Tuesday, June 28, 2011

O Econtro Nordestino (The 4th Annual Northeast Jam)

 After arriving in Aracaju I met up with some of the local guys at the bus station and then went with them to check out some local spots while they scrambled to figure out where to house me for the few days before the jam since their previous plans had fallen through.  Luckily I was able to stay with Igor and his wife Milla for a few nights.  This gave me a much needed chance to rest up a bit before the jam, since at that point I was nursing tendonitis in a wrist and both knees, and a generally ached all over.  I spent most of that time hanging out at Igor’s place, enjoying delicious smoothies that Milla prepared, trying to catch up on the blog, sleeping a lot, and riding around with Igor on his motorcycle.

On Wednesday people started arriving for the jam so I moved my stuff over to the gymnasium that was serving as the home base for the event.  The actual setup for the event was pretty impressive, and it took me a while to grasp the full extent of the preparations that had been made.  The entire event had been planned by the local group, the Associação Sergipana de Parkour (ASPK), and was based out of the city’s indoor arena.  Built for basketball/volleyball/handball, the arena was fairly large, and featured a number of dormitory-style rooms underneath the stands for visiting teams or for hosting events.  Since most of the guys attending the event were from the other northeastern states of Brazil, there were over 100+ guys that needed to be hosted for the event.  Of course, having 100+ traceurs living together in one place inevitably leads to all sorts of high-energy games and mischief, a fact that was made apparent the first night in a very energetic game of tag.

The group responsible for organizing the event.

One of the nicest things about living in the arena, and about the event in general, was the lack of red tape that the event had.  Basically the rule was “don’t be stupid, take responsibility for your actions, and don’t give the greater parkour community a bad name”.  This meant that we were permitted to explore pretty much every inch of the facility, from the crawl spaces under the stairs to the big tower that led out to the roof.  The only limiting element that existed was a large spiked fence that ran around the property and that was kept locked at most times.  While I wasn’t sure if this had been done to keep the general population out, or the traceurs in, it proved effective at both jobs.

The outside of the stadium, as I mentioned, we had access to the WHOLE building.

Strategizing what we would play next.
One of the dorms, basic but good.
Over the course of this trip I’ve had the opportunity to participate in a number of jams and workshops, and this one was by far the best organized and well-planned of them all.  There was a large chartered bus that ran each day to the designated training spots, there was a heavily discounted lunch (about $2/day) that was delivered each day for the guys, t-shirts for all the participants (really nice ones), and a ton of scaffolding that had been donated for the event.  The most impressive part was that this was all done at no cost to the participants themselves and that all the money for the event had been raised through outside fundraising and sponsorships.  

Not only were there t-shirts, but Duddu also flew to São Paulo to buy 3 duffel bags of Kalenji's (46 pairs) from the nearest Decathlon (2,100km) to resell to the guys at the event.
The event itself was also pretty structured for a Brazilian event; the simple facts that parts of the city had been designated as “training spots” for each day and that the whole group was driven to them in a chartered bus meant that the event was much more “planned” than most Brazilian parkour events I had witnessed.  Upon arriving at the spots, some people would make an effort to do a warm-up for those that were interested, but most of the people at the jam would immediately spread out around the area to train in smaller groups, with sporadic attempts to unify the whole group with games or challenges.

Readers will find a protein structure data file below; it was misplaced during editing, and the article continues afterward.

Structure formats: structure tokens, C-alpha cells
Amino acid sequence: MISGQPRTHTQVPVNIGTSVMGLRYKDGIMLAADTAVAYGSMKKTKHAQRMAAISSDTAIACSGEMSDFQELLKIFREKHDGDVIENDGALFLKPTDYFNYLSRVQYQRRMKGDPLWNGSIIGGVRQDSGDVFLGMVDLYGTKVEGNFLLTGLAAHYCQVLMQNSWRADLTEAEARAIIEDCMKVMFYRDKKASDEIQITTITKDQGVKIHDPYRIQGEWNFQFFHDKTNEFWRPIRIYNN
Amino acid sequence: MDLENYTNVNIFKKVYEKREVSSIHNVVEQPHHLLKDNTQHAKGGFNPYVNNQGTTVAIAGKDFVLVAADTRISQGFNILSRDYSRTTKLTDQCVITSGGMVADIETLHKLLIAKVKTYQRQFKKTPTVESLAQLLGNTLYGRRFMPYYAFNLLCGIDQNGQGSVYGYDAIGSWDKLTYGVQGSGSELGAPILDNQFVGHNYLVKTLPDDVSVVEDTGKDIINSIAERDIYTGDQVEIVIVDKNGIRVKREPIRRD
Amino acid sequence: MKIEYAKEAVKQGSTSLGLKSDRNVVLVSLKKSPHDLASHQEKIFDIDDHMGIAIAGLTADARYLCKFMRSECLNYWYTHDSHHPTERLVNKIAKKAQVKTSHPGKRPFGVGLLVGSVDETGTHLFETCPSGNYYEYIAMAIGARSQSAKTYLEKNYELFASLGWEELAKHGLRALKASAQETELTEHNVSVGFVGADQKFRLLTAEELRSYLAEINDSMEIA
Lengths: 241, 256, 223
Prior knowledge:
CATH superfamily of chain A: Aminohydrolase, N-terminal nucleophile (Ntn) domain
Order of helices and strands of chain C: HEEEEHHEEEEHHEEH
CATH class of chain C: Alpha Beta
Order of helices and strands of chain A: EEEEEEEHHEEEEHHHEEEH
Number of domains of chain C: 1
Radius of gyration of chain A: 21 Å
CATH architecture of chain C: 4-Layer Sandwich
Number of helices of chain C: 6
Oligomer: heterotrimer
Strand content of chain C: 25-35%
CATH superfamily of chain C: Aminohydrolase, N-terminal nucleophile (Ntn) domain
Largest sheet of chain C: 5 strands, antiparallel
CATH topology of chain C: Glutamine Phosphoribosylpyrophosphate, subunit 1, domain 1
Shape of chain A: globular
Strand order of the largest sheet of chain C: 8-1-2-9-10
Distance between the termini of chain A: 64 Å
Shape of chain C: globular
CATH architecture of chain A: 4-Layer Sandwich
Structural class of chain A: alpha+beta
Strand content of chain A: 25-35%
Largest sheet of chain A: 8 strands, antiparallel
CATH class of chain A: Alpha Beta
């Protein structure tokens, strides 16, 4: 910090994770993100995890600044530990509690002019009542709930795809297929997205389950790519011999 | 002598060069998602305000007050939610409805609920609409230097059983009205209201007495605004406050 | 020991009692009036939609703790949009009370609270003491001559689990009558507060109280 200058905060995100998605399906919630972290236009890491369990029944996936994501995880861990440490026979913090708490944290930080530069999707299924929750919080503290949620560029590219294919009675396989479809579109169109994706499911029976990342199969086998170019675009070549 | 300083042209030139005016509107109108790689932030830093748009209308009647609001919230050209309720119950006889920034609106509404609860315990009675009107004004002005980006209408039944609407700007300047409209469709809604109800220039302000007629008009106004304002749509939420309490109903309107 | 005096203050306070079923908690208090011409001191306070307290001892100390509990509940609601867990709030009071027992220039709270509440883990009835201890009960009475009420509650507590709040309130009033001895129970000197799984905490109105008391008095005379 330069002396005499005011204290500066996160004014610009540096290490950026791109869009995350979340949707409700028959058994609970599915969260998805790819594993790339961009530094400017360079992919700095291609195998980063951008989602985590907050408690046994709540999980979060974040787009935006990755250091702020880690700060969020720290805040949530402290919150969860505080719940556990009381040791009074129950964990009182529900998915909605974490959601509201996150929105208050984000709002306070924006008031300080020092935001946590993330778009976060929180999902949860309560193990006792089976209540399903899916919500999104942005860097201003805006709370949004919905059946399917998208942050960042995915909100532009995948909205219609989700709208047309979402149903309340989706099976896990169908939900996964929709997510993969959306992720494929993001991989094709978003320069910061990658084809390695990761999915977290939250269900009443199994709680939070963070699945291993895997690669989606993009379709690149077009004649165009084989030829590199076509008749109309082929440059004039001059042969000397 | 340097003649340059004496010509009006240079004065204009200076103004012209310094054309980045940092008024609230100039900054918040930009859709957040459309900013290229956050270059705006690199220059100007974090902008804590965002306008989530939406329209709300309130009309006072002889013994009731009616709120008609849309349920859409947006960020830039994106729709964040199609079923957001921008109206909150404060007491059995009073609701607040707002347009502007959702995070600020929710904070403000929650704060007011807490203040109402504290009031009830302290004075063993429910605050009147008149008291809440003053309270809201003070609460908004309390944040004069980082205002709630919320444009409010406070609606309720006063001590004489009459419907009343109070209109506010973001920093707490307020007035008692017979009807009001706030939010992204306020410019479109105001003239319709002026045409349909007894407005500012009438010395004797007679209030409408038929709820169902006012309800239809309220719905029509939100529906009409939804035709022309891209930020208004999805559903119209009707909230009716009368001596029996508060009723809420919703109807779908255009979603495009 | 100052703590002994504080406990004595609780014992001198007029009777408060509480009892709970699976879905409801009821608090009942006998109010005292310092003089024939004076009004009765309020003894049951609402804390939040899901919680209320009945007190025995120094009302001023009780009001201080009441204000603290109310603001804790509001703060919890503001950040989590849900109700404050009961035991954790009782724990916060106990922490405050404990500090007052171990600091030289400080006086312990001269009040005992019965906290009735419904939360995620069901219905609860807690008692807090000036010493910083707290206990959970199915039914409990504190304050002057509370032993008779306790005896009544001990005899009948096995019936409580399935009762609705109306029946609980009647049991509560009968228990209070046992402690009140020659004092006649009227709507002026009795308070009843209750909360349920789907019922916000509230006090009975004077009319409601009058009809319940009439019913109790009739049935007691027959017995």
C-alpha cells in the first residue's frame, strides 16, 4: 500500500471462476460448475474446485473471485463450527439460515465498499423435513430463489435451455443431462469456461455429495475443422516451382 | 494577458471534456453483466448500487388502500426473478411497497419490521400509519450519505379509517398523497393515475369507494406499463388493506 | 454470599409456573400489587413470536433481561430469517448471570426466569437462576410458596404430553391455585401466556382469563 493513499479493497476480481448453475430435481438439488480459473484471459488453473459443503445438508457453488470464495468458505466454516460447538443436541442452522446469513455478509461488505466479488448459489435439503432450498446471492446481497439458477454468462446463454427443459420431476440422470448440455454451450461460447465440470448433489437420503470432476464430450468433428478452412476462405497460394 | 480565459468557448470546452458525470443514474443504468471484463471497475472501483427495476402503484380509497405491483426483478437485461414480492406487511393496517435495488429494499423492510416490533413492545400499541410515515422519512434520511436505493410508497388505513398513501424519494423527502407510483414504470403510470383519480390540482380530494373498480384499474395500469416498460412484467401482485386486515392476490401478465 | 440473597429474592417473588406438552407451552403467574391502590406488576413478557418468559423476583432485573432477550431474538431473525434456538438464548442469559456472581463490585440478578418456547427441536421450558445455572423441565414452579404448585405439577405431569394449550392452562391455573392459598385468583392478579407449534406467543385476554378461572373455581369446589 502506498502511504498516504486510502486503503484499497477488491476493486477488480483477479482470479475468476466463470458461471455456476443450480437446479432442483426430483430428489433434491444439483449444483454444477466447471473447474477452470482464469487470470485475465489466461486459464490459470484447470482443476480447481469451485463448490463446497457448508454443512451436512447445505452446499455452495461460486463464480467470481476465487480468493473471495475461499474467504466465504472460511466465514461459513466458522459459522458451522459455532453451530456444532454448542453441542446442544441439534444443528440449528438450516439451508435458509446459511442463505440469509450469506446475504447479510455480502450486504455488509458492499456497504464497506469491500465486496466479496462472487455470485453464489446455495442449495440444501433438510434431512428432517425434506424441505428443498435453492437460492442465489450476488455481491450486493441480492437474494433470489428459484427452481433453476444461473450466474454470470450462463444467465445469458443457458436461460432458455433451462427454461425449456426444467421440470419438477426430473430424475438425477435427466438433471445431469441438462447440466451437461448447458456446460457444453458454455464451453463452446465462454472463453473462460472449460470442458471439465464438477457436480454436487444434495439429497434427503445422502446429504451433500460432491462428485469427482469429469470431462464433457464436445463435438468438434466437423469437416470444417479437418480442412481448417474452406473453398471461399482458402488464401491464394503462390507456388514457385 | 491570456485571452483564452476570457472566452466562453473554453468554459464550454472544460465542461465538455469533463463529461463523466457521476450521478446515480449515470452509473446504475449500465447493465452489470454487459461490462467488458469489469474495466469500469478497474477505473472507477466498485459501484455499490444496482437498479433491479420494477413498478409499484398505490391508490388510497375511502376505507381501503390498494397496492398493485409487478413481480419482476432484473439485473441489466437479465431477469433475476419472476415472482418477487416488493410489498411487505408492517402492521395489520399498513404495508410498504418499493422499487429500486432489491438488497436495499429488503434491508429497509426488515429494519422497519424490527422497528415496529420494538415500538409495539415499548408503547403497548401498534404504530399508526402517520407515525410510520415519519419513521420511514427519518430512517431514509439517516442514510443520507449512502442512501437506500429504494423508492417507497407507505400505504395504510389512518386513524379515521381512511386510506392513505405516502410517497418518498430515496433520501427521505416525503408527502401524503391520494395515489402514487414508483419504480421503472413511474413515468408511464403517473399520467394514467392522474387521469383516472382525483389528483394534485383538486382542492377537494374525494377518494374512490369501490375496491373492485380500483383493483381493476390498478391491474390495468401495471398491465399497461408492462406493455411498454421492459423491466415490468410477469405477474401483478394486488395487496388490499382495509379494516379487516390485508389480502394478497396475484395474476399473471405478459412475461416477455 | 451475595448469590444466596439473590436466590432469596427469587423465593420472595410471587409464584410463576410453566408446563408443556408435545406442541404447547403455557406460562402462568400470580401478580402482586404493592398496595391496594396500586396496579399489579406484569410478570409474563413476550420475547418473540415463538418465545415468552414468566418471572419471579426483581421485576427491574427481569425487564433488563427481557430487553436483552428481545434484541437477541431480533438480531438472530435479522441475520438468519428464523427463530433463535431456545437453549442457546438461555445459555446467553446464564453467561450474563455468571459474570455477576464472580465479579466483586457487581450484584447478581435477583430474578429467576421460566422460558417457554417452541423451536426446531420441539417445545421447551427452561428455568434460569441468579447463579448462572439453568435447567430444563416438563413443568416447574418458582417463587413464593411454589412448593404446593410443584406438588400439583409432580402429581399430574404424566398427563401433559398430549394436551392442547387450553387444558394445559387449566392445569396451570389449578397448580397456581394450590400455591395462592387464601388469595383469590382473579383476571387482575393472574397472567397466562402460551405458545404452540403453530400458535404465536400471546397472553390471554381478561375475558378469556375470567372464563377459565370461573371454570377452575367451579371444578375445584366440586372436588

One of the best things about the event was the diversity of the event, which featured guys from all over the northeast regions (Pernambuco, Bahia, Sergipe, Ceará, Rio Grande do Norte, Alagoas, Paraíba), as well as a huge range in ages and skill levels.  This ensured that no matter the training spot, there were always people to train with that would be able to push you.  While I’d become accustomed to being impressed by the skill level of the Brazilian traceurs, this event was no exception and there were a number of guys that had evidently been training for quite a while.  Aracaju also had a number of spots that seemed to have been custom made for parkour, and were able to cater to all different skill levels.

One feature of the event that quickly became apparent to me was the degree of physical contact between the participants.  Something about the north of Brazil is special in that sense, as I have never been in a similar environment outside of my own family.  Watching this phenomenon was very interesting and said a lot about the culture in the north of Brasil.  In many instances, one guy would smack another on the back, say something mildly offensive (I was actually pretty good at understanding insults by this point), or even given a small jostle, an act which would immediately result in a chase around the particular training spot, dormitory, room, hallway, gymnasium, bus...  This chase scene would inevitably end in some sort of tussle, which would attract the other guys, who would then pick sides based on region, age, skill level, friend allegiances, favorite color, or what they had had for breakfast.  As the tussle escalated, it would attract more and more of the guys who would either join in or egg on their comrades from the periphery with lots of cat calls and the occasional covert blow.  These events were by no means limited to the training sessions, as the “running of the gauntlet” to get on the bus was a common occurrence, as was “midnight madness” in the dormitories involving mattresses and pillows.